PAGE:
Monday, September 6, 2010

The Atomic Cake Sermon (1946)

The following is a transcript of the famous Lest the Living Forget sermon written by Reverend Arthur Powell Davies (June 5, 1902—September 26, 1957). Davies, who was the minister of the Unitarian All Souls Church at 1500 Harvard Street in Washington, D.C. from 1944 until his death in 1957, delivered the remarks to his congregation on Sunday, November 10, 1946. His widely publicized remarks were inspired by a Washington Post society page photograph of Operation Crossroads commander Vice Admiral William H.P. Blandy cutting into a cake designed to resemble an atomic explosion. The parishioners of All Souls included many prominent people including Supreme Court Justice Harold Hitz Burton. Justice Burton and his wife happened to be in attendance on the day of the controversial sermon.[1]

Powell Davies
Dr. A. Powell Davies
I have with me here in the pulpit this morning a page from a newspaper. From a very fine newspaper. It contains a picture—as it seems to me, an utterly loathsome picture. If I spoke as I feel I would call it obscene. I do not blame the newspaper for printing the picture, or the photographer for taking it. What fills me with bitterness is the fact that such an event could take place at all. It is a picture of two high naval officers and a very beautiful lady.[2] They are in the act of cutting what is called an atom-bomb cake. And it is indeed a cake shaped in the form of an atomic explosion. The caption [in the Post’s photo] says it is made of angel food puffs. I do not know how to tell you what I feel about that picture. I only hope to God it is not printed in Russia—to confirm everything the Soviet government is telling the Russian people about how ‘American degenerates’ are able to treat with levity the most cruel, pitiless, revolting instrument of death ever invented by man.[3]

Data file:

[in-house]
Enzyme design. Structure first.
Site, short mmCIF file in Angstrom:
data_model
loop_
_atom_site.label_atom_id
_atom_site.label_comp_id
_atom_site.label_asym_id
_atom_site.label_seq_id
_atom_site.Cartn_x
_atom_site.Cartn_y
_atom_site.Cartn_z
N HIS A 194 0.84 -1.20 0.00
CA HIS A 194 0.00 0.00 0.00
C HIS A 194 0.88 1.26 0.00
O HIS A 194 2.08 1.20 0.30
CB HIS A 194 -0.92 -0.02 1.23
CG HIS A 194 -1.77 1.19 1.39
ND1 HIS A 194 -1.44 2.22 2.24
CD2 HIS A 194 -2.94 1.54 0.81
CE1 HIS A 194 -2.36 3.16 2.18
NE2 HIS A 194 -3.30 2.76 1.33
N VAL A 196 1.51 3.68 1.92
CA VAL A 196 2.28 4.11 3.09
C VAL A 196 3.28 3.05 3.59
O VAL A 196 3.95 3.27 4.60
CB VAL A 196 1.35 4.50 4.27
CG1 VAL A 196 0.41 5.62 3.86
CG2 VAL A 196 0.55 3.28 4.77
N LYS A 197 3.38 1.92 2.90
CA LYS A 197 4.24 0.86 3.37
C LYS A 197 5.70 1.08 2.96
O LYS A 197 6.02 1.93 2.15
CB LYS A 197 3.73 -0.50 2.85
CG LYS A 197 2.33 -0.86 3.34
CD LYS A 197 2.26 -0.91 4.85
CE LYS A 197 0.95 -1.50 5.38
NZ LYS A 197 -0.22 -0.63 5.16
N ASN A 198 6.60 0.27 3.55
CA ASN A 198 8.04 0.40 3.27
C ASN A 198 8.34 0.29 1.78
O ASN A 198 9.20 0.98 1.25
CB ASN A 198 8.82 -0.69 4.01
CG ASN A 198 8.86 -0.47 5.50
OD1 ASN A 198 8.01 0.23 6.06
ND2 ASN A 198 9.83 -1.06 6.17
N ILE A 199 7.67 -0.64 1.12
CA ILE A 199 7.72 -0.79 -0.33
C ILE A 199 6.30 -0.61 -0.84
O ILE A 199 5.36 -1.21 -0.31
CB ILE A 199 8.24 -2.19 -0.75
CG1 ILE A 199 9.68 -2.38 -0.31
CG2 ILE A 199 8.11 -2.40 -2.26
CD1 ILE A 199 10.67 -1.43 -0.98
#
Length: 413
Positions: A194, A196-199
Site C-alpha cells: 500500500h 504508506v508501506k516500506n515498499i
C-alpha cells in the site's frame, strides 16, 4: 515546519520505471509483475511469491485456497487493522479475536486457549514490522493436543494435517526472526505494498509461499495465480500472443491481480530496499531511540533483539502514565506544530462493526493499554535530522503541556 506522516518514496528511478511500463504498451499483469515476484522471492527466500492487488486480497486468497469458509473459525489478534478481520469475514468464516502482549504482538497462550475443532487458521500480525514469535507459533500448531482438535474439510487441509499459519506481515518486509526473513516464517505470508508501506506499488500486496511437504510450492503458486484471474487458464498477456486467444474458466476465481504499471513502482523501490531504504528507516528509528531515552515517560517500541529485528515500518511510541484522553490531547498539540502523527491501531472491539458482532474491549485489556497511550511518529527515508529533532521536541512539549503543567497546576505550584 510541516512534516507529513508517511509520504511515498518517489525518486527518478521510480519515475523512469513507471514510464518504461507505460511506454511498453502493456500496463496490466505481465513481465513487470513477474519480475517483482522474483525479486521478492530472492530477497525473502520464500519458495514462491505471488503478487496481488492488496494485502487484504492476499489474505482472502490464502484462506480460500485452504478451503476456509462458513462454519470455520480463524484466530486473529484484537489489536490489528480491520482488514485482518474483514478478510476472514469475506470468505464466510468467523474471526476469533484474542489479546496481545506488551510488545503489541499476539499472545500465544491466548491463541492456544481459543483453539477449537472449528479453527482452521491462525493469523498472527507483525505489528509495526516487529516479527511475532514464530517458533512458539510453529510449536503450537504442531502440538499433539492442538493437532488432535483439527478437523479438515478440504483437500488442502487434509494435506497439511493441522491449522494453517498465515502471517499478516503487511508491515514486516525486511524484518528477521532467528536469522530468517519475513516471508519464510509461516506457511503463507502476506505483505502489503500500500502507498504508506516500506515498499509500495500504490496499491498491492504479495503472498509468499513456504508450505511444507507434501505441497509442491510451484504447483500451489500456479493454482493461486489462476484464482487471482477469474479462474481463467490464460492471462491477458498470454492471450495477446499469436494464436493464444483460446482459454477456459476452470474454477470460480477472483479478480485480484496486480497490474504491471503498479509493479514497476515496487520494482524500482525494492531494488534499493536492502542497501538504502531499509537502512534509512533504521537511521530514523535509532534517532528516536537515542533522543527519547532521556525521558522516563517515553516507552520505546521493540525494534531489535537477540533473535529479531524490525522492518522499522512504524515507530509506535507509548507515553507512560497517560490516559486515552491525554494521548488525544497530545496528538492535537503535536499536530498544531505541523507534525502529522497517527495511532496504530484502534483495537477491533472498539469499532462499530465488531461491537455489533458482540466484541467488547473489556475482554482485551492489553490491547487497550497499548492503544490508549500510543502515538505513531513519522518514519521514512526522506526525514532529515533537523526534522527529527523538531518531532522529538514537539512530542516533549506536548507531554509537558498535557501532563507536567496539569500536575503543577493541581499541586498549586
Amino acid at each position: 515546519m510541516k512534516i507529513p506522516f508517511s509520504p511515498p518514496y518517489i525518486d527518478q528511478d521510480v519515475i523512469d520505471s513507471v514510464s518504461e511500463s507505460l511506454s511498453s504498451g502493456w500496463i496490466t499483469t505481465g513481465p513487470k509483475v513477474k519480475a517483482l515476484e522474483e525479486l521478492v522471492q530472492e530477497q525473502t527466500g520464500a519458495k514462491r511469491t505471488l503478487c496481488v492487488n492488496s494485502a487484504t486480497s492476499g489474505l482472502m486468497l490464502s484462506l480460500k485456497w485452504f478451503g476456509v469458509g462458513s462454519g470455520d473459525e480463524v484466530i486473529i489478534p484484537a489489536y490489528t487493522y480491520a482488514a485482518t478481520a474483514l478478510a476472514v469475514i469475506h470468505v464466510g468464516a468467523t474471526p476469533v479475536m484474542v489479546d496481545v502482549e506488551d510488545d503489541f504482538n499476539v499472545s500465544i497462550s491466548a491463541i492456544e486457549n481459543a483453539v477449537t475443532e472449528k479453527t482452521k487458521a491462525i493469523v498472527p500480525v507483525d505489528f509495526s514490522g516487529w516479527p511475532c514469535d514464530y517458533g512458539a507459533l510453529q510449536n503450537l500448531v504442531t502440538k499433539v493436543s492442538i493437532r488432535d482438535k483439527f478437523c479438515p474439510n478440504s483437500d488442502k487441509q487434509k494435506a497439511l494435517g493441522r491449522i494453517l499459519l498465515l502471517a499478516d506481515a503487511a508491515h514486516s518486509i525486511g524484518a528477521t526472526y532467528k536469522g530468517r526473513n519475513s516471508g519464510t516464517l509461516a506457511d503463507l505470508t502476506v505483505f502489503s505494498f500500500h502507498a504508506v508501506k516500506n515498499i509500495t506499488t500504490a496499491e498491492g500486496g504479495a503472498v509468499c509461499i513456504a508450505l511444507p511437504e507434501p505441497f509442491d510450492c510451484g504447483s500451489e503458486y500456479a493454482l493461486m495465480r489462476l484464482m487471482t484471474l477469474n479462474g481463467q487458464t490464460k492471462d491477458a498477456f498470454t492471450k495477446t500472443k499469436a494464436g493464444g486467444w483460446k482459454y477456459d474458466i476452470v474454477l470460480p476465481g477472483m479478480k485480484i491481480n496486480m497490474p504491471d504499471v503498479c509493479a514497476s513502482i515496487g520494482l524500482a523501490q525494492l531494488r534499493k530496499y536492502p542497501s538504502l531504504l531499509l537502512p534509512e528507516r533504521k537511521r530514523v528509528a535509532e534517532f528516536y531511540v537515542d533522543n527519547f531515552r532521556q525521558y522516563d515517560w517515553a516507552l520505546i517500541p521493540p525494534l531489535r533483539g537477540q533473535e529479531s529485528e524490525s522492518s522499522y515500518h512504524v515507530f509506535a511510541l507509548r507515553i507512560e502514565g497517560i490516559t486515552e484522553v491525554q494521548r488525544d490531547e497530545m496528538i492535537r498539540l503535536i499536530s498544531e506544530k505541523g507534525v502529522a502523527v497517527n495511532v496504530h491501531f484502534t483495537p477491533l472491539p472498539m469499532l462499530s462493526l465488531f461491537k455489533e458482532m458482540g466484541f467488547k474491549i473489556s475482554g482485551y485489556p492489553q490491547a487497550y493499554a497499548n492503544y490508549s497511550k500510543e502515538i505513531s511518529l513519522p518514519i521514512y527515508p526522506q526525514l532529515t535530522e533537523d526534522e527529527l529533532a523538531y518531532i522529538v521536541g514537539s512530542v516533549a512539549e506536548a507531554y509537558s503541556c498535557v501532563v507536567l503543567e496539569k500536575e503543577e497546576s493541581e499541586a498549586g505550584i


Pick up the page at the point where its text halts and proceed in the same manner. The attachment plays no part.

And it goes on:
How would it seem in Hiroshima, or Nagasaki, to know that Americans make cakes—of angel food puffs—in the image of that terrible, diabolical thing that brought sudden death to thousands of their friends, and a lingering, loathsome death to thousands of others? It is a crime—a crime against whatever may be left of decency here in America—to do this incredible thing. Nagasaki-October-1945 It is the most corrupt and rotten thing I have seen in eighteen years of living in this land that I love [Editor’s Note: Davies was born in Birkenhead, England, a suburb of Liverpool and emigrated to the United States with his wife, Muriel, in 1928]—and which, to me, is the only hope for the human future on this globe. The naval officers concerned should apologize to the armed service of which they are a part, and to the American people. No apology would be sufficient to efface what it may mean to the people of the world.[4]
If you do not understand this, may God awaken you! Try to imagine yourself for a moment—for a moment at least—a continental European, wondering, brooding, asking yourself a hundred times a day, “Will America lead us? Is there enough decency left in the world, enough conscience left in America to lead us back to hope, back to liberty, back to being human beings again?” Try to imagine yourself day by day appealed to by Soviet propaganda, but still hoping—still having faith in America. In America, the one great free country, the one land where war has not brutalized the people. Faith in America—try to imagine yourself half-starved, half-dehumanized, but holding on to this faith. Then imagine yourself being shown this picture!